as part of our
While this year's presidential election was critical to the
economic future of the US, it posed particularly significant
ramifications for the health care sector and its investors.
After pushing the Patient Protection and Affordable Care Act
(PPACA) through Congress in his first term, President Obama knew
it was vital to win re-election and maintain control of the Senate
to prevent a roll back of his landmark reform. Republicans had made
it clear that repealing the PPACA would be one of their first
priorities if given control of the government.
On November 6, the American electorate decisively re-elected the
president. In the Senate, the Democrats picked up two seats and
expanded their thin majority, to 55-45. Although Republicans
maintained firm control of the US House of Representatives, the
GOP's aspirations of repealing "Obamacare" are dead.
Over the next four years, changes under the PPACA will become
entrenched in the American health care system. On January 1, 2014,
the individual mandate requiring all Americans to carry health
insurance or pay a penalty to the federal government will come into
On that day, US companies with more than 50 employees will find
themselves facing a "play or pay" mandate, requiring them to offer
health insurance to employees or pay stiff penalties. The first
state health insurance exchanges also are slated to open for
business and Medicaid will see a radical expansion of its
Thanks to those new rules, it is estimated that as many as 32
million Americans will find themselves newly insured in 2014. All
those covered patients will be a boon for the American health care
system, especially since the population is rapidly aging.
Health care costs are expected to account for one-fifth of US
gross domestic product by 2021 (see "Health Sector: In the Pink").
As health care companies compete for their share of this huge and
growing money pool, the PPACA and other actions by Congress have
winners and losers
America's hospitals are the most salient beneficiaries of the
PPACA. The day following the election, shares of
), the largest for-profit hospital system in the US with 163
facilities throughout the country, gained nearly 10 percent.
Regardless of whether a hospital system treats it as charity
care or simply uncollectable debt, unreimbursed medical attention
is a major expense for hospital operators. According to data from
the American Hospital Association (AHA), uncompensated care on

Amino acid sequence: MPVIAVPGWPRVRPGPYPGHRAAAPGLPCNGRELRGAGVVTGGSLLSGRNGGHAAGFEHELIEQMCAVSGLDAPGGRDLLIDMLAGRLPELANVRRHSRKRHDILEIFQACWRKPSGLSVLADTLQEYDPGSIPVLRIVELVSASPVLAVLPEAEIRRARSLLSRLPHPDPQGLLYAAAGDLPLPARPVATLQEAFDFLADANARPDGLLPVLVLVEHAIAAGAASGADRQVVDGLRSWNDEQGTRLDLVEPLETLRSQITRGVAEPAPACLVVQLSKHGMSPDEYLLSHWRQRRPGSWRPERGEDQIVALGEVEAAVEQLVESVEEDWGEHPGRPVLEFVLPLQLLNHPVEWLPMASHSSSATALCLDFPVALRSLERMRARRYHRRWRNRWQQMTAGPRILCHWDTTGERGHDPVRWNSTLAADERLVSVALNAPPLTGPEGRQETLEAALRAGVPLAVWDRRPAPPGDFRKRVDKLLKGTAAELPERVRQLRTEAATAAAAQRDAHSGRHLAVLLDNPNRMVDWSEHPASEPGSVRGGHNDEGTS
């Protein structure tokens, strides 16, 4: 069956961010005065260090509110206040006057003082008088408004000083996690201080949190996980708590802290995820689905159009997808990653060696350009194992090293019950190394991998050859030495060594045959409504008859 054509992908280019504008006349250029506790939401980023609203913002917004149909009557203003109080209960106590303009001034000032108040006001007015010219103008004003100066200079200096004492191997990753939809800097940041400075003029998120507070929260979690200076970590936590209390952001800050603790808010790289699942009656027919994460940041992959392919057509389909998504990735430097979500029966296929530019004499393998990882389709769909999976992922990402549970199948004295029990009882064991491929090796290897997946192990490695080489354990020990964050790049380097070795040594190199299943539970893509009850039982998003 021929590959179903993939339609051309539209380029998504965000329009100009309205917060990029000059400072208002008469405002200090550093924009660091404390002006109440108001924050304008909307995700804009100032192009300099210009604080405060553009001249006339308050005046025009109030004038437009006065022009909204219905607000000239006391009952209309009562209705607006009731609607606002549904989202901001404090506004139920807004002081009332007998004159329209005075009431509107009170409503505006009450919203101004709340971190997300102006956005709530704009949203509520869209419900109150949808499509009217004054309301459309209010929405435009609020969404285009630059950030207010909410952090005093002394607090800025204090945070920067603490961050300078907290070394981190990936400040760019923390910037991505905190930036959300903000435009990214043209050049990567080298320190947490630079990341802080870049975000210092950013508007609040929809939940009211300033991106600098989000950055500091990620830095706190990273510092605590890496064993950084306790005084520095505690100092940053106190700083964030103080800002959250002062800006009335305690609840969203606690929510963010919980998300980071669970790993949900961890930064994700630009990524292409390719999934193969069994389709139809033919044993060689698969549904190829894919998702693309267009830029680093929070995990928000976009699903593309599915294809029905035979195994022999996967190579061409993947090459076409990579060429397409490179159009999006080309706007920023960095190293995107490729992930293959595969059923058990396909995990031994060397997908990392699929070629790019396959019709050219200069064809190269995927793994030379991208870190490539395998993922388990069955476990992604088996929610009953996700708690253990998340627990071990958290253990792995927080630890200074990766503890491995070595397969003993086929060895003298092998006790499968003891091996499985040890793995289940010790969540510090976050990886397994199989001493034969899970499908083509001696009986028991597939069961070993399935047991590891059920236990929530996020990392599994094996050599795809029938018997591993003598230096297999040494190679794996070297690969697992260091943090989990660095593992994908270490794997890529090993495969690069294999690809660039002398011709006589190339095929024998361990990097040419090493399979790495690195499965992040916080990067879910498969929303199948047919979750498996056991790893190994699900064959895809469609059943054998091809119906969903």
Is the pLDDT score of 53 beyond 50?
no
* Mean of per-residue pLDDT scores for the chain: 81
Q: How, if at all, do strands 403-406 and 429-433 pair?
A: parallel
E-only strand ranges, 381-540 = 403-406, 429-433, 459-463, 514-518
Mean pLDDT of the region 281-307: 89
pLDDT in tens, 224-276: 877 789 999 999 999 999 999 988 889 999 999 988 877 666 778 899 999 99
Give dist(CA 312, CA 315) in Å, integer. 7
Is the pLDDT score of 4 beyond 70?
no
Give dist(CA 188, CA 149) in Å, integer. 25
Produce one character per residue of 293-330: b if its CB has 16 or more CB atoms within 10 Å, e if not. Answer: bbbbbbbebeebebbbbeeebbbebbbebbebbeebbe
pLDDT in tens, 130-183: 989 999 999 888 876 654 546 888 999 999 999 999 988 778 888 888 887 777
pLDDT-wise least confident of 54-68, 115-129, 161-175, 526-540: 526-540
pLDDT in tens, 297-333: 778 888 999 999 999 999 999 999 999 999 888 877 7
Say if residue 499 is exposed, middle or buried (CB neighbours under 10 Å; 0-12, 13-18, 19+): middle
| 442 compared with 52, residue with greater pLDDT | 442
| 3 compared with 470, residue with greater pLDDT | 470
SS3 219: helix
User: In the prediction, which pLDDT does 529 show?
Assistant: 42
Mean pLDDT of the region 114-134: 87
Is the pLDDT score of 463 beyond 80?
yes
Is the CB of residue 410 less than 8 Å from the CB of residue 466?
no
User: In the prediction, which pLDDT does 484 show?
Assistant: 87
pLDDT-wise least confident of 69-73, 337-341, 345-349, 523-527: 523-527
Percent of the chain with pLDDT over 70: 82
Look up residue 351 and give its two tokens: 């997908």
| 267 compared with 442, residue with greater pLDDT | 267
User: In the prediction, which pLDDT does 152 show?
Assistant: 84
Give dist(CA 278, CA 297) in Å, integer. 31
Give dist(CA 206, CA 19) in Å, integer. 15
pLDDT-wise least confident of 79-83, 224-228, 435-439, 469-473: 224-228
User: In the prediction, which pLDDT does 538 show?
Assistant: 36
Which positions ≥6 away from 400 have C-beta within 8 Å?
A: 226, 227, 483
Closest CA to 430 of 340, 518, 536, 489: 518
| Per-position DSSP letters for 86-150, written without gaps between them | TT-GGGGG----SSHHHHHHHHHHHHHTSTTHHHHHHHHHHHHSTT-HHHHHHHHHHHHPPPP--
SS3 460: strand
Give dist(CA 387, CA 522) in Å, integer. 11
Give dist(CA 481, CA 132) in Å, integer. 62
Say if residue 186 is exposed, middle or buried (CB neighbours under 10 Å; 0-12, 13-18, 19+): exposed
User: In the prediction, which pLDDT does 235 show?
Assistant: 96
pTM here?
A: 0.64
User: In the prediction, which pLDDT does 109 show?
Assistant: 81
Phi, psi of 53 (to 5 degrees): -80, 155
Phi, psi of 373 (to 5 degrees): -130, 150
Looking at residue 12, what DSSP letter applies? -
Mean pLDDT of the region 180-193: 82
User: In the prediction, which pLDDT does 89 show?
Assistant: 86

average accounts for about 6 percent of total hospital
In 2009, the latest year for which the AHA has complete data
available, that amounted to more than $39 billion across its member
hospitals. As a result of the recession and high unemployment,
it's estimated that uncompensated care topped $45 billion last
HCA reserves about 9 percent of revenue in an average quarter
for doubtful accounts, stemming from a federal law that requires
all hospitals accepting federal funds to provide stabilizing
treatment to every patient who comes through the doors. Without
having to reserve so much against losses on uninsured care, HCA
should see an almost immediate pop of at least 6 percent in revenue
in the first quarter of 2014.
Given that HCA has proven extremely adept at controlling
costs-it has one of the highest operating margins in the
business-the positive effect could be even greater.
While I disagree with Wall Street's assessment that most
insurers involved with Medicare and Medicaid will be losers, this
negative view is on target when it comes to most medical device
Medical device manufacturing includes everything from
artificial joints to hip replacements to heart stents. As part of
the PPACA's funding mechanism, makers of medical devices will be
subject to a 2.3 percent tax on device sales.
Lawmakers' rationale is that device makers will compensate for
the tax with a higher volume of sales, but the new tax is likely to
prove a major headwind regardless of whether more devices are
Most recipients of artificial knees and hips tend to be older
Medicare patients. Hospitals purchase the devices and pass the
costs along to patients, making these purchases extremely cost
sensitive because hospitals receive a fixed reimbursement from the
government that will soon be subject to caps.
While the tax is kicking in, device manufacturers will also get
hit with intensifying price competition, making it nearly
impossible to pass along additional costs.
Consequently, a wave of consolidation is likely to occur in the
medical device business over the next couple of years, as those
with the strongest balance sheets either acquire or simply outlast
their weaker competitors.
To grow earnings in the intermediate term, device makers will
be forced to cut costs and buyback shares, a course of action many
of them won't be able to afford.
Companies such as Stryker Corp (
), which have low debt and broader exposure to foreign markets,
should emerge from this transition period relatively unscathed. In
addition, Stryker offers a broad line of medical equipment not
subject to the tax, such as surgical tools and hospital beds.
Still, the entire device industry will experience a great deal
of volatility thanks to uncertainty in the market generated by the
tax. This health care niche should be avoided by all but the most
aggressive investors. For more winning and losing stocks under
Obamacare, see Jim Fink's excellent July, 2012 article titled,